BP de Silva is another example. Founded by Balage Porolis de Silva in 1872 as a jewellery manufacturer and retailer, BP de Silva has since grown across a multitude of industries. The group comprises subsidiaries BP de Silva Jewellers, RISIS, Tea Tang Pvt Ltd and The 1872 Clipper Tea Company. Navin together with his two younger siblings, Rehan and Shanya, are involved in different businesses in the group and are currently being mentored by their father, Sunil Amarasuriya, to be the group's fifth generation of leaders who would eventually take up positions on the board. All subsidiaries under the group have been professionally run since the early 1990s.
The engagement of non-family professional managers not only helps to sustain the business, but also brings invaluable experience and expertise from outside the family structure.
Business Transformation
Our Asian Business Families Governance research reinforced that business families are adopting a long-term management approach as more than 80 per cent of respondents cited sustainability as a priority for their business growth strategy. In particular, business families in Singapore are the most focused on the long term, with 84 per cent placing the highest priority on maintaining the stability and continuity of their business.
Some 80 per cent of those surveyed reinvested the corporate earnings back into the business. Reinvestments allow for business improvements such as upgrading of equipment, improving customer support, enhancing market, product expansion and innovation - all of which help the family business expand and be better positioned for success and sustainability in the long term.
Take Sing Lun Holdings. Started in 1951 as an importer, exporter and wholesaler of textiles, Sing Lun has since transformed from an OEM apparel manufacturer into a full-service provider of apparels, including design, development, manufacturing and supply chain management of a diverse range of apparel products. Automation is the driver that continuously takes the company's operations to new levels. By employing the latest innovative garment manufacturing technologies, the company was able to attract new customers such as The North Face and Under Armour. With its headquarters in Singapore, Sing Lun today operates six manufacturing facilities in Vietnam, Cambodia, Indonesia, Sri Lanka, China, and Malaysia.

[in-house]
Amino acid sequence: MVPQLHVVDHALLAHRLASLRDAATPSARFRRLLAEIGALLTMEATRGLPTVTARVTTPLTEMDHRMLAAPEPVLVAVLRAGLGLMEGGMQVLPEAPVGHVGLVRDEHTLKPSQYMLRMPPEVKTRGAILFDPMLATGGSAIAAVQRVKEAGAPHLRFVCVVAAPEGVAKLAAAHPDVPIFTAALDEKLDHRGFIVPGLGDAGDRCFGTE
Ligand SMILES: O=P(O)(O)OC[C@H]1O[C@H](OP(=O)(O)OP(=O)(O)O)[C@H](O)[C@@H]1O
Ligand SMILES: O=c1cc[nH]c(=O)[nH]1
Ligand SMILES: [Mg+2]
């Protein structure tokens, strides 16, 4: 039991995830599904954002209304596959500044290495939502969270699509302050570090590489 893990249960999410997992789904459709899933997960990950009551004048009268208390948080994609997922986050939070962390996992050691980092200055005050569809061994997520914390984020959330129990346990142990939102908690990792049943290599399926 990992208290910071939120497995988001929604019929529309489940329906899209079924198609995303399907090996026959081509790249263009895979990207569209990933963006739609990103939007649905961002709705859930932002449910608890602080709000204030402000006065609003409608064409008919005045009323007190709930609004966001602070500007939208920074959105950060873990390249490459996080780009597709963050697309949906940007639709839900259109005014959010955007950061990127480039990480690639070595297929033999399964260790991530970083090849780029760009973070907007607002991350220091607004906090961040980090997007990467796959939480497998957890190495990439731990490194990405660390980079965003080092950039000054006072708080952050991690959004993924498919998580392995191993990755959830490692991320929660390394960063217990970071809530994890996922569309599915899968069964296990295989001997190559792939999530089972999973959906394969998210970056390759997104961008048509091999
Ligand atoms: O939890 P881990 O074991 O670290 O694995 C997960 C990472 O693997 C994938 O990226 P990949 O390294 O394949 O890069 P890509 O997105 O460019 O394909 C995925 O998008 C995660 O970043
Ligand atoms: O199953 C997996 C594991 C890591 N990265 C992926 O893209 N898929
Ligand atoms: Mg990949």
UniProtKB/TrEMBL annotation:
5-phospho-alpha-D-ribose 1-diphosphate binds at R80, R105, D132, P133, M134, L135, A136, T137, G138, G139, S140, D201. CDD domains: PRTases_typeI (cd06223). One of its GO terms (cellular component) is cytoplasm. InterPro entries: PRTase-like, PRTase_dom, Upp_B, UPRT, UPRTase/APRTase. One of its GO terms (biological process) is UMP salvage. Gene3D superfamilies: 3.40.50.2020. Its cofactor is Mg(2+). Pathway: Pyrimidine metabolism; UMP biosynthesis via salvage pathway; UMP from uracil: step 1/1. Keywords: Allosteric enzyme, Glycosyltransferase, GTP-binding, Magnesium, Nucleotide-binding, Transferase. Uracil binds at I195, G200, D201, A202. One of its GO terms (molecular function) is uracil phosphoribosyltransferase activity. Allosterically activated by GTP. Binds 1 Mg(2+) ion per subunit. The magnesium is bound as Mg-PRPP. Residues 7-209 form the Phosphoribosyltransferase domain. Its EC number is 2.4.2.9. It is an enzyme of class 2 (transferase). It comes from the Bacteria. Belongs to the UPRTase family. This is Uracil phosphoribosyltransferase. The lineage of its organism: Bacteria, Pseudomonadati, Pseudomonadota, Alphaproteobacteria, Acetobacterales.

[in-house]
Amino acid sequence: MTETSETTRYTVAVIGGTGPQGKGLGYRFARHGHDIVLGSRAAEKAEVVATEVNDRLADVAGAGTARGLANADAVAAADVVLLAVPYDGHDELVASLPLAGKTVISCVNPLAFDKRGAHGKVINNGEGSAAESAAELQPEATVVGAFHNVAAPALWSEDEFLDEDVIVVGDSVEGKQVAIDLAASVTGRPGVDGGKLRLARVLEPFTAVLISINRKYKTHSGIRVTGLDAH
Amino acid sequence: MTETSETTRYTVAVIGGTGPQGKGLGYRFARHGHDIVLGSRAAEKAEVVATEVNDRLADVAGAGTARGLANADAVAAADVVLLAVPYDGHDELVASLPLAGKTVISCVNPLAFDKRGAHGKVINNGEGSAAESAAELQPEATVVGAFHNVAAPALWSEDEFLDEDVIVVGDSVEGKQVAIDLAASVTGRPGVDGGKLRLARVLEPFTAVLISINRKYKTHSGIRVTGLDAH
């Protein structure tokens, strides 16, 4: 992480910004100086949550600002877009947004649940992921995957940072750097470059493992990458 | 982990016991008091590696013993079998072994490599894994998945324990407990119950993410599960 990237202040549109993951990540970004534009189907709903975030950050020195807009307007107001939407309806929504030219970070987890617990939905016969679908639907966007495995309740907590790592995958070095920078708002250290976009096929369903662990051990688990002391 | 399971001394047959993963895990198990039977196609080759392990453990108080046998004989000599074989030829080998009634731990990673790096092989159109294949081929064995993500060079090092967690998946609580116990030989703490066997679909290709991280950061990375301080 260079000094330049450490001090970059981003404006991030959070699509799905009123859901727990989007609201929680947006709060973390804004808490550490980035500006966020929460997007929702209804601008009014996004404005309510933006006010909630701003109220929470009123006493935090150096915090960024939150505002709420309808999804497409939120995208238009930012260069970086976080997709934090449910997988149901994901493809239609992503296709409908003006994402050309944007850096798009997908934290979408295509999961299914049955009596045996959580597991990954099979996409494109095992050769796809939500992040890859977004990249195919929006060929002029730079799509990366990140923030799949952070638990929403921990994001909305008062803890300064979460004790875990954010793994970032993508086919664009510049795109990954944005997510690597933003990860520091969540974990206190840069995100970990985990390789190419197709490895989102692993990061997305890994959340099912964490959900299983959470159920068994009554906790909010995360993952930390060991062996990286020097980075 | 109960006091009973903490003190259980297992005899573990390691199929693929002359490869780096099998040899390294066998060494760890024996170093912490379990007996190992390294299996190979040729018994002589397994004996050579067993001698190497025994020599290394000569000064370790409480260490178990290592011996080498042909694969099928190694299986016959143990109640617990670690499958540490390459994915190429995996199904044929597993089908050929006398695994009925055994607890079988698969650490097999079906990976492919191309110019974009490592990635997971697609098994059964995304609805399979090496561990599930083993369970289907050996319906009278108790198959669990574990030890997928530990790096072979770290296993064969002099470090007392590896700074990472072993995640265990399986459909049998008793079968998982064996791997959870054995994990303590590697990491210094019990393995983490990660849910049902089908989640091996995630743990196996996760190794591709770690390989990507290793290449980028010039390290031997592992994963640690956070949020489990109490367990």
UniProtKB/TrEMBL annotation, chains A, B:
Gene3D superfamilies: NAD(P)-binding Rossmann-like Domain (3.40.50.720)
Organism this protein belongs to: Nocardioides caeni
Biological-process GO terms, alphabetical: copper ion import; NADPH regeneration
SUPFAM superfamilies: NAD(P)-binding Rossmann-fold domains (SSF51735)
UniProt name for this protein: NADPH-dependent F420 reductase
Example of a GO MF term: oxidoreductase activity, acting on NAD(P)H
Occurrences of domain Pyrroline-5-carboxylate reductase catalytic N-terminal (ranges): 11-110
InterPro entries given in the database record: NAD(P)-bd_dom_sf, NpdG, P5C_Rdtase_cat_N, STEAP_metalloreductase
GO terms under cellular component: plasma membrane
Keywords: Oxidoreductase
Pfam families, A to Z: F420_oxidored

Similarly, Grandluxe Pte Ltd, which was founded as a small bindery workshop in 1945, now supplies premium diaries, gifts and accessories to major wholesalers and retailers worldwide. It has production plants and facilities in Singapore, Malaysia and sales/marketing offices in the UK and the USA. Its first transformation took place in 1980 when Grandluxe upgraded 60 per cent of its production processes through automation. Then in 2014, Grandluxe introduced its first B2C Concept Bynd Artisan - an experiential retail space that leverages its heritage and skilled craftsmen, and engages the young and trendy through the option of customisation in stationery products.
Preparing for succession early increases the odds for family business sustainability. Succession represents a critical turning point for most family businesses, and it may take 5-10 years before a successor can take over the reins. This can only be carried out through diligent planning with clear goals, and by tapping on the talents of both family members and non-family professionals. For all family businesses, hard work is needed not only to ensure that the business grows sustainably, but also to build harmony so that the family stays together even as the business transforms over time.


Annie Koh is the vice-president for business development and a professor of finance (practice) at the Singapore Management University (SMU). She is also the academic director of Business Families Institute@SMU. Esther Kong is the deputy director of Business Families Institute@SMU.